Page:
Review #2: 2001 – A Space Odyssey (1968)

3 05 2011

2001: A Space Odyssey is an science fiction epic spanning four interconnecting short stories: The Dawn of Man, TMA-1, Jupiter Mission, and finally Jupiter and Beyond the Infinite. Although writer/director Stanley Kubrick has made distinct spaces between each story, it may be better to look upon these as a Prologue (The Dawn of Man), an Introduction (TMA-1), and then the central story(Jupiter Mission/Jupiter and Beyond the Infinite). Featuring inspiring cinematography and powerful classical music, Kubrick tells a unique story who’s true meaning is never given, only hinted at.

Genius With a Movie Camera

The real treat of 2001 is the cinematography. Kubrick brings the viewer several iconic images in the first chapter, The Dawn of Man, but it is in the second and third sections where he really shines. In both TMA-1 and Jupiter Mission, Kubrick plays with mechanics creating several shots that are so engaging on their own, every movement becomes riveting. The power behind this is through the real sets, from today’s perspective it brings a type of sincerity in a world of CGI effects. This allows Kubrick to play with a constant like gravity and make shots look genuine rather than the sterile feel of a computer. Many of the scenes are fascinating and look even better than if they were done today artificially. The fourth short story is, without a doubt, the most visually outstanding and I can think of no true way to put that visceral experience into words and do it justice. 2001: A Space Odyssey is a film whose backbone is truly it’s visuals, especially during the first and last segments as there is no dialogue. Although it has been over 40 years since it’s release, Kubrick has managed to put together a movie that may have not been matched in this department since.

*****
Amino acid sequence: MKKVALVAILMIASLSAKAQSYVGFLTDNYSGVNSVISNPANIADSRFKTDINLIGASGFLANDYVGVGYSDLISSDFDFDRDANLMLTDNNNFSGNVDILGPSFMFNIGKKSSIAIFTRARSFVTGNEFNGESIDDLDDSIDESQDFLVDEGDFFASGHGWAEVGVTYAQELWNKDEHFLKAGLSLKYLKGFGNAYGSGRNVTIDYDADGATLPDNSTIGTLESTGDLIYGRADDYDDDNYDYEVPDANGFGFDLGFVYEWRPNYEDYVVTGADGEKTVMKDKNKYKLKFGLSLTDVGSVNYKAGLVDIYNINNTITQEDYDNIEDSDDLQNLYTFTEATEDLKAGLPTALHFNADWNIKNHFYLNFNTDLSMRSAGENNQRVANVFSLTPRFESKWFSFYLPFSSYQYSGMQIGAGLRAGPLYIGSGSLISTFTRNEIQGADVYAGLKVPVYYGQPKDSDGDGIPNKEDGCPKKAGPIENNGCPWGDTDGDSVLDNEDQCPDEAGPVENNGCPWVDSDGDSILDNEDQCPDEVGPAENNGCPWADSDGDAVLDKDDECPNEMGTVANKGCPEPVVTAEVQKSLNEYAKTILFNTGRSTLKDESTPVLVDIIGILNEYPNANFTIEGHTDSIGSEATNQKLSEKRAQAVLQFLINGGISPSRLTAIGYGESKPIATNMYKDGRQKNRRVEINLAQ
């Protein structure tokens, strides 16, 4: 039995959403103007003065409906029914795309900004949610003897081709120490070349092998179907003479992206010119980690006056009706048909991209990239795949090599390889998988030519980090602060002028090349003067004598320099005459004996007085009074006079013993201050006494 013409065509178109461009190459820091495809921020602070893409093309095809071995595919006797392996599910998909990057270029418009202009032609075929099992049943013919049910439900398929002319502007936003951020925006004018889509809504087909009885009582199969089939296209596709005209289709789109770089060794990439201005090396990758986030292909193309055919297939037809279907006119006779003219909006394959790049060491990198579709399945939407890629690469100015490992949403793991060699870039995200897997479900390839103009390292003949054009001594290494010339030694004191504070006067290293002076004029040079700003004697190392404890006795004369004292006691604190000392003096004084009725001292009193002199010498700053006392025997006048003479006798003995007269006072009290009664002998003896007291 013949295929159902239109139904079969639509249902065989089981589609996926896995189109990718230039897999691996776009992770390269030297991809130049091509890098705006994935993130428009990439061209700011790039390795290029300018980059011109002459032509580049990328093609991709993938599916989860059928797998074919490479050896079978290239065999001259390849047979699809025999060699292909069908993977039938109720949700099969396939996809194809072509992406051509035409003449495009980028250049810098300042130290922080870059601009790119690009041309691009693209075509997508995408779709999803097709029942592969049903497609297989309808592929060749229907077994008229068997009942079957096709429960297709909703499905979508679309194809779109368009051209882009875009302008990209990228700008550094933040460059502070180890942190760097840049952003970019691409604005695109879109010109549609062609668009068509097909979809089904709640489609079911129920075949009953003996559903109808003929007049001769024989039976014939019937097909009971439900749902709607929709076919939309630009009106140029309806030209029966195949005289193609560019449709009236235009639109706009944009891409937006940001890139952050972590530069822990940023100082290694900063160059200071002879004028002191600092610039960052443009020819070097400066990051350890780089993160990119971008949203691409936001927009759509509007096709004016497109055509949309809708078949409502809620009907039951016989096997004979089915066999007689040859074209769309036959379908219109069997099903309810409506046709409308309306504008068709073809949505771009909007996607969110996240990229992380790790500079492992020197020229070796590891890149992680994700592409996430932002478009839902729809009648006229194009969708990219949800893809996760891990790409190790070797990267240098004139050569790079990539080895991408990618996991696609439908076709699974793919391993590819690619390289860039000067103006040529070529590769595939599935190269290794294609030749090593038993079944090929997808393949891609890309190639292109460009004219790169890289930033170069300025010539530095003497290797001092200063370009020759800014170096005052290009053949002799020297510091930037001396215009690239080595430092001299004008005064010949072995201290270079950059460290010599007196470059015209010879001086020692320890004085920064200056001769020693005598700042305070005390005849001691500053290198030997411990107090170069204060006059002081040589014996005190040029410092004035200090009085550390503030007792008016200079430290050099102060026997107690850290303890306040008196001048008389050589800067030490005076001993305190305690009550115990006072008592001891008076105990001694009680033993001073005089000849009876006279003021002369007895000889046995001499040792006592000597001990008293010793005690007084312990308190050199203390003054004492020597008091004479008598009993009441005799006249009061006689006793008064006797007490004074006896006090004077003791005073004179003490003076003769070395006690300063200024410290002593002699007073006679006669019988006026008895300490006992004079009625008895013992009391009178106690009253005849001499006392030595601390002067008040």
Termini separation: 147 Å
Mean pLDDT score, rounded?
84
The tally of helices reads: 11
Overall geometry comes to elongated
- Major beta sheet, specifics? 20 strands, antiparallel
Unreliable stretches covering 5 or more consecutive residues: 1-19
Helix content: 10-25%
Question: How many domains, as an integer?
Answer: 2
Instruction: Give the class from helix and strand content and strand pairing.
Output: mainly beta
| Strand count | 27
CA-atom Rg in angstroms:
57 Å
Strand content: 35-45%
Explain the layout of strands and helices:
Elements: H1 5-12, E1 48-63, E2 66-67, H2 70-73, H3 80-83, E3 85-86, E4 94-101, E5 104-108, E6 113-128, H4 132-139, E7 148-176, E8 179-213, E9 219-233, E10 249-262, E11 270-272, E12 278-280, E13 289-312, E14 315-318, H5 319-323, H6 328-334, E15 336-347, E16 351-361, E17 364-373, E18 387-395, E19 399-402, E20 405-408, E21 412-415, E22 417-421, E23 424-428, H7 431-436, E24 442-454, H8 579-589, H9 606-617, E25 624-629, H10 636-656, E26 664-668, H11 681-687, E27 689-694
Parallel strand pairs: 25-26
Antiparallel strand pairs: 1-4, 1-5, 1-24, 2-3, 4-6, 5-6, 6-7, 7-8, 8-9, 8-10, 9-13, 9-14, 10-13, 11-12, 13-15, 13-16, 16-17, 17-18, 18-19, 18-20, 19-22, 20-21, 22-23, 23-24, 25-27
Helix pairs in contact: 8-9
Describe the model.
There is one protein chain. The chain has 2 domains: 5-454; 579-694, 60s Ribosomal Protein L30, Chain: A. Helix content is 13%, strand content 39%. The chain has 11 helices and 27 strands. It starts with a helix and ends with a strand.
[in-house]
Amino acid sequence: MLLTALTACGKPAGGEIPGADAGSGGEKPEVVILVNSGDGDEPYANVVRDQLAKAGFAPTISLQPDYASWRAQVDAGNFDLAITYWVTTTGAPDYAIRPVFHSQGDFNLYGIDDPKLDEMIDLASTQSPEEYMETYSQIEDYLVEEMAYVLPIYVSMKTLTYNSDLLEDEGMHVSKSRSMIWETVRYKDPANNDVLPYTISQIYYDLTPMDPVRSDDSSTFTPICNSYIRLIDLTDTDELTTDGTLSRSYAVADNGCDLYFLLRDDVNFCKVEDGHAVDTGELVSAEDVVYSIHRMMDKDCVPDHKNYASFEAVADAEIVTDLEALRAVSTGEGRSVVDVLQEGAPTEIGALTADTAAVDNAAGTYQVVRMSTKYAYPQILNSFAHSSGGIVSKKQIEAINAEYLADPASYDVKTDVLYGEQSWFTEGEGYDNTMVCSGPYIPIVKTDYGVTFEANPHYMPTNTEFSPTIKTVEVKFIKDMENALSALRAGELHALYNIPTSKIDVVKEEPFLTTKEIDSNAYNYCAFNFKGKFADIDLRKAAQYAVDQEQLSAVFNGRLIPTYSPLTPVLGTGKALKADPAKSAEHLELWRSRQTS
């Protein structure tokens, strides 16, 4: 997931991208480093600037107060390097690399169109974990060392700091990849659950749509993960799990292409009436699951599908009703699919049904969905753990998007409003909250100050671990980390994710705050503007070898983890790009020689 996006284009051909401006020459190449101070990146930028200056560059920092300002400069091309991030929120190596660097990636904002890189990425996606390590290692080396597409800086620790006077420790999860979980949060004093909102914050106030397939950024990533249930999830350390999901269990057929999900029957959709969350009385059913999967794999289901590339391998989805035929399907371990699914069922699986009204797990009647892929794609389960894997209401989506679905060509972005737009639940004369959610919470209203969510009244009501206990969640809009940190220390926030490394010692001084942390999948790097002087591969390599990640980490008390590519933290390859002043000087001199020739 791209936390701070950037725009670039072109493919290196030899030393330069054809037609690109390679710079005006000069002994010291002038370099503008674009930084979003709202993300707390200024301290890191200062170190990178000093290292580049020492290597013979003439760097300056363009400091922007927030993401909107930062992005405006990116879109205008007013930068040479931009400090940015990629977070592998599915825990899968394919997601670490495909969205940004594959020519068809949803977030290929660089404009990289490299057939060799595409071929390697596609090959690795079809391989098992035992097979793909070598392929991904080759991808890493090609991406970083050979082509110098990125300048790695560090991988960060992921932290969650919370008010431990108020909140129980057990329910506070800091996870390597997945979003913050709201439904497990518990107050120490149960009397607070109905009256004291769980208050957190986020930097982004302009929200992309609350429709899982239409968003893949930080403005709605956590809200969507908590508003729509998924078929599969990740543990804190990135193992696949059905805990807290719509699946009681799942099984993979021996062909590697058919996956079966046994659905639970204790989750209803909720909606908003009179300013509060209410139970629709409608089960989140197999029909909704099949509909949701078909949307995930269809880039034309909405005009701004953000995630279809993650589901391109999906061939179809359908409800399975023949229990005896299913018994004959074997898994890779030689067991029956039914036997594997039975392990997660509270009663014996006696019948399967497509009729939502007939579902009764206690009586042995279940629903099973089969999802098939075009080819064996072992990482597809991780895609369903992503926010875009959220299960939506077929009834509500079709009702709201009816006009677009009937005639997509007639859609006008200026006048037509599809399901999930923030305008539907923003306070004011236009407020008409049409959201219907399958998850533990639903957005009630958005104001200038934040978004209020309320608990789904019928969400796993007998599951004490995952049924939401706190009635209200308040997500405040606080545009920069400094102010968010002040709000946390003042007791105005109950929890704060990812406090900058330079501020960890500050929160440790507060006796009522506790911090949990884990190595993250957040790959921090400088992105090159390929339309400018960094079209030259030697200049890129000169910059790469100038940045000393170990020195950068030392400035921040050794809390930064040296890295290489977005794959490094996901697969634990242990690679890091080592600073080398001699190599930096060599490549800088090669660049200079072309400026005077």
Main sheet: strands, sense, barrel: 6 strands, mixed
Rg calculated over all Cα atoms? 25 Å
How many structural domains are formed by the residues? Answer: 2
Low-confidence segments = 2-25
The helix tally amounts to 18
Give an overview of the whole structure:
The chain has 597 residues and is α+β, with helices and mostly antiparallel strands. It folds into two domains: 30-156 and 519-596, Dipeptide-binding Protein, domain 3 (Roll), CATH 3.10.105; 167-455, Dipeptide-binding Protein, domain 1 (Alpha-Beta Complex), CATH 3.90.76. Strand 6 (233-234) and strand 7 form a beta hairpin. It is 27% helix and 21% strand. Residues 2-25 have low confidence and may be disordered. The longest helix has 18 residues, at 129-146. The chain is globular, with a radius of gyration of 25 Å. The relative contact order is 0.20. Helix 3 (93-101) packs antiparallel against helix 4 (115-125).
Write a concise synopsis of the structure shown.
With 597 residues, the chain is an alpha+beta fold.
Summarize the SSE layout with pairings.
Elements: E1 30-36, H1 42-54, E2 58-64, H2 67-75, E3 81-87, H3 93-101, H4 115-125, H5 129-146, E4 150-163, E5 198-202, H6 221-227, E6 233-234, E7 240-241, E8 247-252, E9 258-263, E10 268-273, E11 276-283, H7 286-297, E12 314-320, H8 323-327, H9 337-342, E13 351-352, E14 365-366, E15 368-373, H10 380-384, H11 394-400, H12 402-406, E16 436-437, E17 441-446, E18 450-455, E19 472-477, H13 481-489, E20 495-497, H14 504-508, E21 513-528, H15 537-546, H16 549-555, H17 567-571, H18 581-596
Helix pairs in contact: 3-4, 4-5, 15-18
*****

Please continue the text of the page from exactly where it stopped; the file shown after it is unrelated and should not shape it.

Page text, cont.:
Kubrick’s Cold Soul

If there is one criticism Stanley Kubrick may have garnered over his career, it would be how cold and lifeless all his movies feel. Luckily, that trait lends itself perfectly to the science-fiction genre and with 2001 it may be his greatest asset. Science-fiction, in particular movies involving outer-space, automatically produce a feeling of loneliness. Outside of our characters there is no life, no air, nothing aside from the rigid confines of their space craft. This is a situation where feeling removed from the whole scene adds to the atmosphere, we believe that they are alone instead a scene like the Omaha beach opening of Saving Private Ryan which is designed to make to the viewer feel like they’re right there. In feeling our character’s solitude, his other emotions get multiplied as well, this is most evident in the Jupiter Mission segment. Another bonus yo Kubrick’s style is in his villain, HAL, the cold and calculating computer. Part of the reason HAL is a great villain is because he is a computer, by draining the movie of much of its color and life HAL becomes all that more sinister, leaving us hanging on his every move.

So what is 2001: A Space Odyssey all about? The only real answer is that nobody knows, but that is part of what makes it great. Stanley Kubrick gives the viewer the bare minimum of information required draw some sort of conclusion but never have confidence in it. The film is engaging, thought provoking, a visual treat, and quite possibly the biggest minimalist film ever made. This is a movie made to be discussed and is one of the most definitive examples of cinema as art.

Score: 100/100

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